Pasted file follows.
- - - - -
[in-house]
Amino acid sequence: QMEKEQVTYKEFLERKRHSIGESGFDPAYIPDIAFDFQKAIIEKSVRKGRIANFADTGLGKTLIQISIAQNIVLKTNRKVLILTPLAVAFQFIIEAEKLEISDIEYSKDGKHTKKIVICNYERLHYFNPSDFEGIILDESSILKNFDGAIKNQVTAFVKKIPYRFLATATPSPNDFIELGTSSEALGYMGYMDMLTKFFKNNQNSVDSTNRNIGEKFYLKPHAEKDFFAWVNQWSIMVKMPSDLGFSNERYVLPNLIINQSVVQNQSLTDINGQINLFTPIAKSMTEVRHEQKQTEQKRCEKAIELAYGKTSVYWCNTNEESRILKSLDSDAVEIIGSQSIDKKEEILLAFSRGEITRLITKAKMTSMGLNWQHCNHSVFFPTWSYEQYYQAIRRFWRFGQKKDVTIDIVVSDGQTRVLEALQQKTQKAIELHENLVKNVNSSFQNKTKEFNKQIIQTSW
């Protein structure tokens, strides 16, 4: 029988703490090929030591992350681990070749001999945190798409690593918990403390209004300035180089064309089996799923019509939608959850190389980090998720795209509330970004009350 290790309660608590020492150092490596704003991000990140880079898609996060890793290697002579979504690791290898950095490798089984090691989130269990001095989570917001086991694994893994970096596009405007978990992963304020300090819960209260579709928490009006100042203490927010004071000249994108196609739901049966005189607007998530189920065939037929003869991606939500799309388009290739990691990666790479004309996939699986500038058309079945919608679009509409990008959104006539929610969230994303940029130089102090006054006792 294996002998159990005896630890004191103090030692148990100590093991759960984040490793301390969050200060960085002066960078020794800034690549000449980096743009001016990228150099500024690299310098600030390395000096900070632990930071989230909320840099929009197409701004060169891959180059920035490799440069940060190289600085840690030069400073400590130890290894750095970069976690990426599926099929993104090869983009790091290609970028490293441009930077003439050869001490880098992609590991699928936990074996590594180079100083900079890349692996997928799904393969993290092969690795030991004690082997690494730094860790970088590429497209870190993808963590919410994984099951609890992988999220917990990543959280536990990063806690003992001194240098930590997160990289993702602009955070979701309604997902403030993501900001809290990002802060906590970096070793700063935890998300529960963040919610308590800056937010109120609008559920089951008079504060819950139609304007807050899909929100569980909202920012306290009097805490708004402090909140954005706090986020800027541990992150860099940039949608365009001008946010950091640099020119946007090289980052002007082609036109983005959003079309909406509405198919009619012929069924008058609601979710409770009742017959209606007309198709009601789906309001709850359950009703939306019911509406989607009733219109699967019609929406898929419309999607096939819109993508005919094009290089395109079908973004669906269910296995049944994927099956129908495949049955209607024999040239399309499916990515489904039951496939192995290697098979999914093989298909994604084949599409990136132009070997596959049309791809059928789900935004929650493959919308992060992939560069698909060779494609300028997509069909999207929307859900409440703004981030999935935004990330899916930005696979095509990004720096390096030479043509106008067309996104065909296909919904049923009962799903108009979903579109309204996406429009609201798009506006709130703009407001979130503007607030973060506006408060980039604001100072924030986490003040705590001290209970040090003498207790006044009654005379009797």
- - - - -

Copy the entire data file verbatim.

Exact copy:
[in-house]
Amino acid sequence: QMEKEQVTYKEFLERKRHSIGESGFDPAYIPDIAFDFQKAIIEKSVRKGRIANFADTGLGKTLIQISIAQNIVLKTNRKVLILTPLAVAFQFIIEAEKLEISDIEYSKDGKHTKKIVICNYERLHYFNPSDFEGIILDESSILKNFDGAIKNQVTAFVKKIPYRFLATATPSPNDFIELGTSSEALGYMGYMDMLTKFFKNNQNSVDSTNRNIGEKFYLKPHAEKDFFAWVNQWSIMVKMPSDLGFSNERYVLPNLIINQSVVQNQSLTDINGQINLFTPIAKSMTEVRHEQKQTEQKRCEKAIELAYGKTSVYWCNTNEESRILKSLDSDAVEIIGSQSIDKKEEILLAFSRGEITRLITKAKMTSMGLNWQHCNHSVFFPTWSYEQYYQAIRRFWRFGQKKDVTIDIVVSDGQTRVLEALQQKTQKAIELHENLVKNVNSSFQNKTKEFNKQIIQTSW
């Protein structure tokens, strides 16, 4: 029988703490090929030591992350681990070749001999945190798409690593918990403390209004300035180089064309089996799923019509939608959850190389980090998720795209509330970004009350 290790309660608590020492150092490596704003991000990140880079898609996060890793290697002579979504690791290898950095490798089984090691989130269990001095989570917001086991694994893994970096596009405007978990992963304020300090819960209260579709928490009006100042203490927010004071000249994108196609739901049966005189607007998530189920065939037929003869991606939500799309388009290739990691990666790479004309996939699986500038058309079945919608679009509409990008959104006539929610969230994303940029130089102090006054006792 294996002998159990005896630890004191103090030692148990100590093991759960984040490793301390969050200060960085002066960078020794800034690549000449980096743009001016990228150099500024690299310098600030390395000096900070632990930071989230909320840099929009197409701004060169891959180059920035490799440069940060190289600085840690030069400073400590130890290894750095970069976690990426599926099929993104090869983009790091290609970028490293441009930077003439050869001490880098992609590991699928936990074996590594180079100083900079890349692996997928799904393969993290092969690795030991004690082997690494730094860790970088590429497209870190993808963590919410994984099951609890992988999220917990990543959280536990990063806690003992001194240098930590997160990289993702602009955070979701309604997902403030993501900001809290990002802060906590970096070793700063935890998300529960963040919610308590800056937010109120609008559920089951008079504060819950139609304007807050899909929100569980909202920012306290009097805490708004402090909140954005706090986020800027541990992150860099940039949608365009001008946010950091640099020119946007090289980052002007082609036109983005959003079309909406509405198919009619012929069924008058609601979710409770009742017959209606007309198709009601789906309001709850359950009703939306019911509406989607009733219109699967019609929406898929419309999607096939819109993508005919094009290089395109079908973004669906269910296995049944994927099956129908495949049955209607024999040239399309499916990515489904039951496939192995290697098979999914093989298909994604084949599409990136132009070997596959049309791809059928789900935004929650493959919308992060992939560069698909060779494609300028997509069909999207929307859900409440703004981030999935935004990330899916930005696979095509990004720096390096030479043509106008067309996104065909296909919904049923009962799903108009979903579109309204996406429009609201798009506006709130703009407001979130503007607030973060506006408060980039604001100072924030986490003040705590001290209970040090003498207790006044009654005379009797």